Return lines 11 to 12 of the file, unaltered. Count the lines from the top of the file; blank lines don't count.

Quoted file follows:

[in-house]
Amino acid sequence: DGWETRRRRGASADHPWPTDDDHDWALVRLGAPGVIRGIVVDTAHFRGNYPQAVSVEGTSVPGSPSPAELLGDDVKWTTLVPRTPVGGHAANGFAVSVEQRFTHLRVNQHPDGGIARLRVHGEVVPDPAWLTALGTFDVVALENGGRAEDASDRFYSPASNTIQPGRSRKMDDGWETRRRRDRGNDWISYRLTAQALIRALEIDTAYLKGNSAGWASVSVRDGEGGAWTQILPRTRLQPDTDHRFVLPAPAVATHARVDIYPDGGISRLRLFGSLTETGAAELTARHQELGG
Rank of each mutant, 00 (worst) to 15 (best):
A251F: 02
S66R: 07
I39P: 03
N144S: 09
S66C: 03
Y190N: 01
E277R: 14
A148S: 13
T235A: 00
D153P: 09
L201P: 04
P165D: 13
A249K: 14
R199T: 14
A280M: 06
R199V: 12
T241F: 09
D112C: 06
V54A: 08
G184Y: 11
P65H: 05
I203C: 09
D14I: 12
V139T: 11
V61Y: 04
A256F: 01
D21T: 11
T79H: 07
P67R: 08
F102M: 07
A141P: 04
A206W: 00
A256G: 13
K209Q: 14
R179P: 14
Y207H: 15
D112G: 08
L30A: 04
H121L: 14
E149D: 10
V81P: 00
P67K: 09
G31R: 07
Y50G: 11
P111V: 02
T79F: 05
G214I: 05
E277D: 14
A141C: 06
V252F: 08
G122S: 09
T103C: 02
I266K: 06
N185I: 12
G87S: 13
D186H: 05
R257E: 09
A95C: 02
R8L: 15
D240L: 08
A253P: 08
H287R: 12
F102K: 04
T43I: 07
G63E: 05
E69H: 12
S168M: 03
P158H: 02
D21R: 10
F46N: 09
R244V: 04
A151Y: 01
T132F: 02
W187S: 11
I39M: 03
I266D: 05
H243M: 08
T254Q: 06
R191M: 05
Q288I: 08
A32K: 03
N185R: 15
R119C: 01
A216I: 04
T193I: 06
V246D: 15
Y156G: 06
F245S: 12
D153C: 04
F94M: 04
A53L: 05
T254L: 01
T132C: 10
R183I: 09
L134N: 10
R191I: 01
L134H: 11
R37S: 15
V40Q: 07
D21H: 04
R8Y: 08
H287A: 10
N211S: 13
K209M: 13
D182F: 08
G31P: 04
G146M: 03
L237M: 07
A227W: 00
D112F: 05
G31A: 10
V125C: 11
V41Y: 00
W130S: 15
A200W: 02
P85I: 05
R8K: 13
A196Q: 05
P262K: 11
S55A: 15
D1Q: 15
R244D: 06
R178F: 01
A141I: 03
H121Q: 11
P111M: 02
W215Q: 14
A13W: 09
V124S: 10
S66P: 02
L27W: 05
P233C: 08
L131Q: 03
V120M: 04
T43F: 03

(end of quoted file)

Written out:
A148S: 13
T235A: 00